Returning more than two scalars from C code


(Bryan Chan) #1

I tried to google for an answer but couldn't find anything. What is the
correct way to do the following on Linux?

  @_silgen_name("foo")
  func foo(theInt: UInt)
    -> (a: UInt, b: UInt, c: UInt)

  var (d, e, f) = foo(aNum)

Where foo is:

  typedef struct {
    long a;
    long b;
    long c;
  } Tuple;

  extern "C" {
    Tuple foo(int i) {
      return Tuple{ i, i, i };
    }
  }

Currently, the call to foo crashes because foo wants to return the tuple
indirectly, but the Swift call expects the three scalar return values in
registers. This example is a generalization of runtime functions such as
swift_class_getInstanceExtents, which happens to work because it only
returns two scalars in RAX and RDX, which is supported by Clang. But my
tests show that three-scalar tuples/structs will cause problems. On
architectures where Clang only supports one scalar return value, the
problem is worse.

Am I doing something wrong or is there already a way to deal with this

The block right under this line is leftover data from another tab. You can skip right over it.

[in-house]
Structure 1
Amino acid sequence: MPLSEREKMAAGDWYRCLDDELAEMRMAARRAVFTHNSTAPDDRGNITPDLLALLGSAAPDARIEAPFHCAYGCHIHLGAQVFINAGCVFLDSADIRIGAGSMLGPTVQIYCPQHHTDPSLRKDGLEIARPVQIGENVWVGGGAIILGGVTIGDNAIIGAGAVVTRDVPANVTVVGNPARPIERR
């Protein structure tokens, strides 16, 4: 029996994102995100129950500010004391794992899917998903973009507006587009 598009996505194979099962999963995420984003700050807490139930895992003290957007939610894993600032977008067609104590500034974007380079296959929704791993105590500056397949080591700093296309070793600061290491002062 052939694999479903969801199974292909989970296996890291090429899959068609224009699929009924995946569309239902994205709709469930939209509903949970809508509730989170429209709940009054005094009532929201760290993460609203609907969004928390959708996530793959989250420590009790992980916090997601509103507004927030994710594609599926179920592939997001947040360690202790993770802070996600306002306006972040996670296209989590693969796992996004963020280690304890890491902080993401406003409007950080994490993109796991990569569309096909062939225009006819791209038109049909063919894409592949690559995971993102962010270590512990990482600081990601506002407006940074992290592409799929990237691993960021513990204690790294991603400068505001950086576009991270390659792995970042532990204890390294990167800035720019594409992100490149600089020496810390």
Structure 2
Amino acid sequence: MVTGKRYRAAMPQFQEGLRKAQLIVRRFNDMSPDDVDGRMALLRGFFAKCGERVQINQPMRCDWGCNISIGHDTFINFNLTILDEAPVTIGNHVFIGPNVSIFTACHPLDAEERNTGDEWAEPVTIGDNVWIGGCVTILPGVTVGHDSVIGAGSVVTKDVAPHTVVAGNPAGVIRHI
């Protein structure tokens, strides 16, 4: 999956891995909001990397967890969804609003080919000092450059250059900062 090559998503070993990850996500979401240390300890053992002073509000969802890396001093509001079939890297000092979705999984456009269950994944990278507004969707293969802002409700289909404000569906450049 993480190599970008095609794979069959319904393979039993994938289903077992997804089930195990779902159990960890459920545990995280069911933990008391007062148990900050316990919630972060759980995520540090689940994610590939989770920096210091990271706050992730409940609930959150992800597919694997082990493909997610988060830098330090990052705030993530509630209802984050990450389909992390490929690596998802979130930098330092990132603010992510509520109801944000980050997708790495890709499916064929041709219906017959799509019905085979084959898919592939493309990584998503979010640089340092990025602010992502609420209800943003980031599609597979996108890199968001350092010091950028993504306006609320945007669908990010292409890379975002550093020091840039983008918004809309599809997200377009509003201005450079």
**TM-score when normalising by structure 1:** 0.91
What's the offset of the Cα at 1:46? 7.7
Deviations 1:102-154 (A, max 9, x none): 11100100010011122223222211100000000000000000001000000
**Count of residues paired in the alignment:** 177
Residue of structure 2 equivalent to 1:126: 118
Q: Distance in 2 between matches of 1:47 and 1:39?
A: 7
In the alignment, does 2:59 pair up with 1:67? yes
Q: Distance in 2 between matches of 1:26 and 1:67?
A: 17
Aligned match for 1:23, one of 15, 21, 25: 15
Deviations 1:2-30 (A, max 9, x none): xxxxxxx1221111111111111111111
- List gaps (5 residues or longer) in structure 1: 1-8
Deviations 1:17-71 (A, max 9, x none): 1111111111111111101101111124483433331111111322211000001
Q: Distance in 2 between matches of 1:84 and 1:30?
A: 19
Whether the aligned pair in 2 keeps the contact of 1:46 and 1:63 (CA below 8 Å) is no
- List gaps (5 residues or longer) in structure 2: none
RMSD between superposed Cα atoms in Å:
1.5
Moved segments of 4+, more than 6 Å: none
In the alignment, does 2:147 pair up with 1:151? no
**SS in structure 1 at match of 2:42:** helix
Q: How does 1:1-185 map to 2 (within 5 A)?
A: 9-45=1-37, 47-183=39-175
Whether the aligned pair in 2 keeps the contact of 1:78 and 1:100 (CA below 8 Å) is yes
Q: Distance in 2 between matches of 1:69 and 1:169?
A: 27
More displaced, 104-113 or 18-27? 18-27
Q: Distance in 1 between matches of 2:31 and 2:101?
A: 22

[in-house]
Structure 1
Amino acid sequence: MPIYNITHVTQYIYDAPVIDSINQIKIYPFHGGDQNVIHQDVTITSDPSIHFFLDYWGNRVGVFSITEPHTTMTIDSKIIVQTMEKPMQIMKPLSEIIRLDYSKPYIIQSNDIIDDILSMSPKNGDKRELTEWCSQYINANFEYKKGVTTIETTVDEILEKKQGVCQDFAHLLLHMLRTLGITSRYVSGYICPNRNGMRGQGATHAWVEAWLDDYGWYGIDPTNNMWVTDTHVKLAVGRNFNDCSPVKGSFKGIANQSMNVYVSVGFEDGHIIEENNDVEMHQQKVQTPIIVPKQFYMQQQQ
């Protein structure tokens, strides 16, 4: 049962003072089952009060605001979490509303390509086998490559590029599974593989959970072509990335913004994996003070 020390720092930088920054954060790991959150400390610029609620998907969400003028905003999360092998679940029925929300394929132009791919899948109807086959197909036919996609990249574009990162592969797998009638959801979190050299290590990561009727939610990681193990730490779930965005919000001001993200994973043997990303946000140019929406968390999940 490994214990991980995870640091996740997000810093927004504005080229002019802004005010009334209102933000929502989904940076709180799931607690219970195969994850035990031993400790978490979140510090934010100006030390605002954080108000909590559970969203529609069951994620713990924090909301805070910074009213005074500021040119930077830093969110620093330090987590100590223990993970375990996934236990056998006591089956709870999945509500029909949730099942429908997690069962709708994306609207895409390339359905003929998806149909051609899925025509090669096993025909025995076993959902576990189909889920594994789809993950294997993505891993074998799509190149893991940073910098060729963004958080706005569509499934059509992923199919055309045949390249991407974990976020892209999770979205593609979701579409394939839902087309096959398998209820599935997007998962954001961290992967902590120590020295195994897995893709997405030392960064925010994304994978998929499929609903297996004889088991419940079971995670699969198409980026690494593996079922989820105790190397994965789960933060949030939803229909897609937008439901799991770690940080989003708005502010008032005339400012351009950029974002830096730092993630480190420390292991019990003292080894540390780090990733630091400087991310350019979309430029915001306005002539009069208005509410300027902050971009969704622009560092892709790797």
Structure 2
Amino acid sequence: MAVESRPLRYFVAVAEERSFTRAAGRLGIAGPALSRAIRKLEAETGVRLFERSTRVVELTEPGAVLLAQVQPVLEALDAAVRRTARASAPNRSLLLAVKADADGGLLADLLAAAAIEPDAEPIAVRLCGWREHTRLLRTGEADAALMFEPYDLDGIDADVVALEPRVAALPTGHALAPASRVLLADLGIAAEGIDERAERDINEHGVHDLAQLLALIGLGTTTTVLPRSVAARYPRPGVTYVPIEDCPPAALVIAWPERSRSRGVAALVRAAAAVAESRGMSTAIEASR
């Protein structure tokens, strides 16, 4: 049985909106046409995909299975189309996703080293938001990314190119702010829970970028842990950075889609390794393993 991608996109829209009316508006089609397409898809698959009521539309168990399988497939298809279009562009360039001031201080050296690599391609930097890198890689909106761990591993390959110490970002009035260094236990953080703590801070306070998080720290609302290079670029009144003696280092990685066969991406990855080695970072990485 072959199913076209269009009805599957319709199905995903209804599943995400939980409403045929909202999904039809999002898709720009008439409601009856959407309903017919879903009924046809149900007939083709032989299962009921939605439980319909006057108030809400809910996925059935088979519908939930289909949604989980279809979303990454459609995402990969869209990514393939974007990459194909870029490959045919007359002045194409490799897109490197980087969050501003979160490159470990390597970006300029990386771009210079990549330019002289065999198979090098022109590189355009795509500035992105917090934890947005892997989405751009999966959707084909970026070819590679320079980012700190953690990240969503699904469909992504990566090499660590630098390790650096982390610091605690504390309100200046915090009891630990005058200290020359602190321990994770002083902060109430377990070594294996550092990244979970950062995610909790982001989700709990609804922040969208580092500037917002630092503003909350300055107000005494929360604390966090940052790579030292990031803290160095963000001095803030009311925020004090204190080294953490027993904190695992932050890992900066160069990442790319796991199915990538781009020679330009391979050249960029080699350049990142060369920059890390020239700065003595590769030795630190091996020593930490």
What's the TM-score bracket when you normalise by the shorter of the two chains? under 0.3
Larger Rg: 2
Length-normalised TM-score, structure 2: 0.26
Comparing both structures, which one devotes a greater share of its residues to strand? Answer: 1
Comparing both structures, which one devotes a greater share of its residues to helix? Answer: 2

(e.g. annotation in Swift code to make it obey C ABI, or vice versa)?

Thanks, Bryan


(Joe Groff) #2

Don't use @_silgen_name. If you want to use a C API from Swift, define a Clang module for its headers, and import the module. See http://clang.llvm.org/docs/Modules.html for documentation on Clang module maps.

-Joe

···

On Mar 22, 2016, at 5:57 AM, Bryan Chan via swift-dev <swift-dev@swift.org> wrote:

I tried to google for an answer but couldn't find anything. What is the correct way to do the following on Linux?

@_silgen_name("foo")
func foo(theInt: UInt)
-> (a: UInt, b: UInt, c: UInt)

var (d, e, f) = foo(aNum)

Where foo is:

typedef struct {
long a;
long b;
long c;
} Tuple;

extern "C" {
Tuple foo(int i) {
return Tuple{ i, i, i };
}
}

Currently, the call to foo crashes because foo wants to return the tuple indirectly, but the Swift call expects the three scalar return values in registers. This example is a generalization of runtime functions such as swift_class_getInstanceExtents, which happens to work because it only returns two scalars in RAX and RDX, which is supported by Clang. But my tests show that three-scalar tuples/structs will cause problems. On architectures where Clang only supports one scalar return value, the problem is worse.

Am I doing something wrong or is there already a way to deal with this (e.g. annotation in Swift code to make it obey C ABI, or vice versa)?